So what was Jesus angry about? Well we do not have to guess. He tells us in verse 13: “And He said to them, ‘It is written, My house shall be called a house of prayer,’ but you have made it a ‘den of thieves.’ ” Jesus quoted a popular verse that day from Isaiah 56:7 with which they were familiar. He said, essentially, you have taken this place that was intended for one thing and turned it into another. A place that should have been a house of prayer has become a den of thieves.
In a poignant and powerful symbol to address sin, God established a system that required the sacrifice of an animal. For those who did not have such an animal, well, they were conveniently sold on the premises. And, as with any system that is created, we human beings have the potential to corrupt it and use it for our benefit.
Recognizing they had a captive audience, the animal brokers by the temple gate jacked up the prices. Because of this, poorer folks could not afford to buy the animals so they were kept away from the temple. They were kept away from the house of God. They were kept away from the place where the grace of God was being ministered.
Isaiah 56:7, 8, the passage Jesus cited, helps us see the power of what made Him so angry.

“Even them I will bring to My holy mountain,
And make them joyful in My house of prayer.
Their burnt offerings and their sacrifices
Will be accepted on My altar;
For My house shall be called a house of prayer for all nations.”
The Lord God, who gathers the outcasts of Israel, says,
‘Yet I will gather to him
Others besides those who are gathered to him.”

The word that sticks out is all! God’s house was to be a house of prayer, and it was to be for all people. No one was to be excluded because of anything they did not have or even their ethnic group or disabilities. And Jesus got angry because people were being denied access to God. I think He still gets angry when people are denied access to God because of socio-economic reasons or their disabilities, or even their hang-ups and issues.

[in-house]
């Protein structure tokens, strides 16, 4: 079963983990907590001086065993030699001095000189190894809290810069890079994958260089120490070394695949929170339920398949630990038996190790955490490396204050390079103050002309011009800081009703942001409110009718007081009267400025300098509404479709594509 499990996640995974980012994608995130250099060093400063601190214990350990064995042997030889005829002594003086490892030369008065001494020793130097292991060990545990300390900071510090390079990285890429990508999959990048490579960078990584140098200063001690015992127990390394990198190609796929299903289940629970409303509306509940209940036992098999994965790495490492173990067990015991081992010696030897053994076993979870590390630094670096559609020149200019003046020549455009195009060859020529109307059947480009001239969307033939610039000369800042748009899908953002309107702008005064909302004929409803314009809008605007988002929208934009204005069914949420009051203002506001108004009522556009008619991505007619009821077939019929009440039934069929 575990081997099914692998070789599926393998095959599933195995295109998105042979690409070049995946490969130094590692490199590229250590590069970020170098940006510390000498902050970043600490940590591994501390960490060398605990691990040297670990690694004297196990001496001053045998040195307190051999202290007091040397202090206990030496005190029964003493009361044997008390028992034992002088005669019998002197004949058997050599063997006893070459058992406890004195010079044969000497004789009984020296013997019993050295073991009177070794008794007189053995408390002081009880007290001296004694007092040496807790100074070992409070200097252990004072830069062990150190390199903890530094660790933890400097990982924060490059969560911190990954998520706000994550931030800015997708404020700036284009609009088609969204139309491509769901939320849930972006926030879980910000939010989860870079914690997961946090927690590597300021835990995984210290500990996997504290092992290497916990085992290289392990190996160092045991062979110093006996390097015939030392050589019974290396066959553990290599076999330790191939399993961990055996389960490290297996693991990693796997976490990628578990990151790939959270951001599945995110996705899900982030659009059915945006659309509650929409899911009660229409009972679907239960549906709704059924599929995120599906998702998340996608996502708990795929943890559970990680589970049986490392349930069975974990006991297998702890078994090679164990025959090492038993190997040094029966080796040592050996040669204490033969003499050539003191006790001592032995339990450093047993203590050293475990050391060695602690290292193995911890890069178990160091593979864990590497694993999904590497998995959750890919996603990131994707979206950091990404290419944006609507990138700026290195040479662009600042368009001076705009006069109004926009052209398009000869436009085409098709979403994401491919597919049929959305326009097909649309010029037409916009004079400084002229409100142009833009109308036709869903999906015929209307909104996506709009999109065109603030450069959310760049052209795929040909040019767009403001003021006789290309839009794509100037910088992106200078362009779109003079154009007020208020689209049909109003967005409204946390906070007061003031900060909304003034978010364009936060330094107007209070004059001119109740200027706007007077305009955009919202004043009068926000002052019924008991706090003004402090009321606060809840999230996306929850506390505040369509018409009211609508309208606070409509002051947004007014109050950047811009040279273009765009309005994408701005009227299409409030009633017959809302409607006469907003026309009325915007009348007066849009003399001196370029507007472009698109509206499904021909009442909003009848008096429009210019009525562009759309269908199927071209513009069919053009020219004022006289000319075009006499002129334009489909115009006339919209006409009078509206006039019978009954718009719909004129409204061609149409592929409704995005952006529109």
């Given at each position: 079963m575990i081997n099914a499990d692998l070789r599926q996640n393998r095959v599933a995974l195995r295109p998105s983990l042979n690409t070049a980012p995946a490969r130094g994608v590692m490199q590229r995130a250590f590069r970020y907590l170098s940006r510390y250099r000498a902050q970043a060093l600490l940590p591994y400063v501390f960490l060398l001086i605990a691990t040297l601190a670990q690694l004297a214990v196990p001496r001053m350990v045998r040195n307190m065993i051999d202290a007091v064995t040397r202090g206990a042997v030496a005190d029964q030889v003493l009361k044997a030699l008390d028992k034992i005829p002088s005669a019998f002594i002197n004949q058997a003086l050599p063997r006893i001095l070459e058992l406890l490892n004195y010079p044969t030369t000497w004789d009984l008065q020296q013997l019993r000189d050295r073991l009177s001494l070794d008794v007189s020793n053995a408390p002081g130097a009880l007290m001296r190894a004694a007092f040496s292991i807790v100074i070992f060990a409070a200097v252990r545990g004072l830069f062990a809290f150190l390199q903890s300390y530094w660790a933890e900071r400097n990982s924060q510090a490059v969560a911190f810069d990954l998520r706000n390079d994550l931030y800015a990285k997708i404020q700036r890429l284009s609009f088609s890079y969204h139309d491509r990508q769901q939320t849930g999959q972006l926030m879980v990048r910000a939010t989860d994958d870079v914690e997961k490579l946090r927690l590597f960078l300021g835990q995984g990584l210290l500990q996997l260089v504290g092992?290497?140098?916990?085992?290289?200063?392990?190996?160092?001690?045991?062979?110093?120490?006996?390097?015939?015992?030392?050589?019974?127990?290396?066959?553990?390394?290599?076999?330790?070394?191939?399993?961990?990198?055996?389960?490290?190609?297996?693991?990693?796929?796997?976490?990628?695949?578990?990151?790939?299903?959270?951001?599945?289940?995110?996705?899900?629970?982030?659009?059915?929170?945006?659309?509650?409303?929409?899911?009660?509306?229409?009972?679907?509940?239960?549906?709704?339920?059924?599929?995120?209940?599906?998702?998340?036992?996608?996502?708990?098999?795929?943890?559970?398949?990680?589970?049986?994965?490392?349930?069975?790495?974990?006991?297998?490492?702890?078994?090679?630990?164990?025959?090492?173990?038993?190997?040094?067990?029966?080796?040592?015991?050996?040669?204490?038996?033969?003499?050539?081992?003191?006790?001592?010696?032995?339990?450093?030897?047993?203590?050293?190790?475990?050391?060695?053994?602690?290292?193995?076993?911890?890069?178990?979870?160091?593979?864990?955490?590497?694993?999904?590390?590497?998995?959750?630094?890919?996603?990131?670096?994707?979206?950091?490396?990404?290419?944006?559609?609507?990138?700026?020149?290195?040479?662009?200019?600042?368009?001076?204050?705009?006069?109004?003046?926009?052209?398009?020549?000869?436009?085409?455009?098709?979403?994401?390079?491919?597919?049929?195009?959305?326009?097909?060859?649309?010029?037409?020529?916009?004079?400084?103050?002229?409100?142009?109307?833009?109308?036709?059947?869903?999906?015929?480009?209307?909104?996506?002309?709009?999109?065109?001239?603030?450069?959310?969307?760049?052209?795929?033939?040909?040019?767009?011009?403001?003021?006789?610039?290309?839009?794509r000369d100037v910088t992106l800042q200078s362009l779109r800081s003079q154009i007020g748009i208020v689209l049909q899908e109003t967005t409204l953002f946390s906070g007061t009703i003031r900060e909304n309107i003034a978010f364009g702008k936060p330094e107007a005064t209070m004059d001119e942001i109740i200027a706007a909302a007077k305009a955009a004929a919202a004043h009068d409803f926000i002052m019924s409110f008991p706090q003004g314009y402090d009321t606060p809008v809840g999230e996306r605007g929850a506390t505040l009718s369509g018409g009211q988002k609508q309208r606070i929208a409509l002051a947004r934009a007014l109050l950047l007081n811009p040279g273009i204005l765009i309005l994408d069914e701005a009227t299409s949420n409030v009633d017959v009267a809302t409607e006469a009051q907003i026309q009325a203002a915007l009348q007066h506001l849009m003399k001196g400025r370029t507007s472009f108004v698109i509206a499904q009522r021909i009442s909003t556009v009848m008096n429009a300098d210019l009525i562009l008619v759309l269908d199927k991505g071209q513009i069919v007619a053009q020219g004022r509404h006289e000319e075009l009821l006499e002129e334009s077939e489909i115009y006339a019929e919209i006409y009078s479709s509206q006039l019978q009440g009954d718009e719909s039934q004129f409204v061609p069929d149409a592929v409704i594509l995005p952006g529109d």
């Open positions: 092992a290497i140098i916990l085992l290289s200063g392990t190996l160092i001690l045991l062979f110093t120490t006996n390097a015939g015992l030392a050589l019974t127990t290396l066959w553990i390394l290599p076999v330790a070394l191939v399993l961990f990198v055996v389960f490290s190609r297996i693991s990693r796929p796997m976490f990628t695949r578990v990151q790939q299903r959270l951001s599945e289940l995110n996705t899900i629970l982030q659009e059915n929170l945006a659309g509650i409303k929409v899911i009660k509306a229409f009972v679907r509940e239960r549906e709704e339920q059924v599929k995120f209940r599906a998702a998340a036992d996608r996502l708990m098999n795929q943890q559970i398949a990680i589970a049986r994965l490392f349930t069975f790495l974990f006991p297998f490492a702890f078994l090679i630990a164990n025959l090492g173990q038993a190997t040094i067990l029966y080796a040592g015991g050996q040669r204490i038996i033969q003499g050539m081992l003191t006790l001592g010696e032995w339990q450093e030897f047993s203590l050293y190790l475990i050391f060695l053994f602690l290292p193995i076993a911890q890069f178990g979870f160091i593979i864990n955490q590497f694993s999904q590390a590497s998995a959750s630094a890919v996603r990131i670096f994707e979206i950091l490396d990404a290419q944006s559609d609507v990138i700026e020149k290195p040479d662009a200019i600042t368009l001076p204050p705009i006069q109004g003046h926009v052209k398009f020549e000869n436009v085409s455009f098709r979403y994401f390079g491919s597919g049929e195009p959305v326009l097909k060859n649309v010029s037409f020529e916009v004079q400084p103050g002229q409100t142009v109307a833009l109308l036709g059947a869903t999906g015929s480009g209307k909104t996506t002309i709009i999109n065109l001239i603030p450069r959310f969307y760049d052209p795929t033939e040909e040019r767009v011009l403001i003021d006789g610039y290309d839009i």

Jesus was so angry about what was happening in the temple that day that He did something about it. He cleared out the system standing in the way. And the next verses show the results. It says “Then the blind and the lame came to Him in the temple, and He healed them.”
Wait, Jesus just flexes his muscle and throws His weight around and the blind and lame come to Him? They are not afraid of Him? Even the children sing Hosanna in the temple and are drawn to Him. They are joyful because finally they had access to the temple to be able to connect with God in a way that they could not before. And they loved this Jesus who got angry, because He did something about the things that kept them away from God.
I am glad that Jesus saw another system keeping us away from God. It was one that we brought on ourselves as humans. One called sin. And He came down to earth and did something about it. He took it on, head on. He took it on and destroyed the system that kept us out from the grace of God. But it cost Him His life to do it.
Today Jesus will not let anything or anyone keep you away from Him. Anything that tries to, He gets angry about it and does something about it. And you will love Him for it.

KYMONE HINDS, his wife, and their three energetic children live in Memphis, Tennessee. He pastors the Overton Park and Journey Fellowship Seventh-day Adventist churches. He also speaks and blogs regularly on different life issues. You can connect with Kymone via twitter@kymonehinds, or on his blog at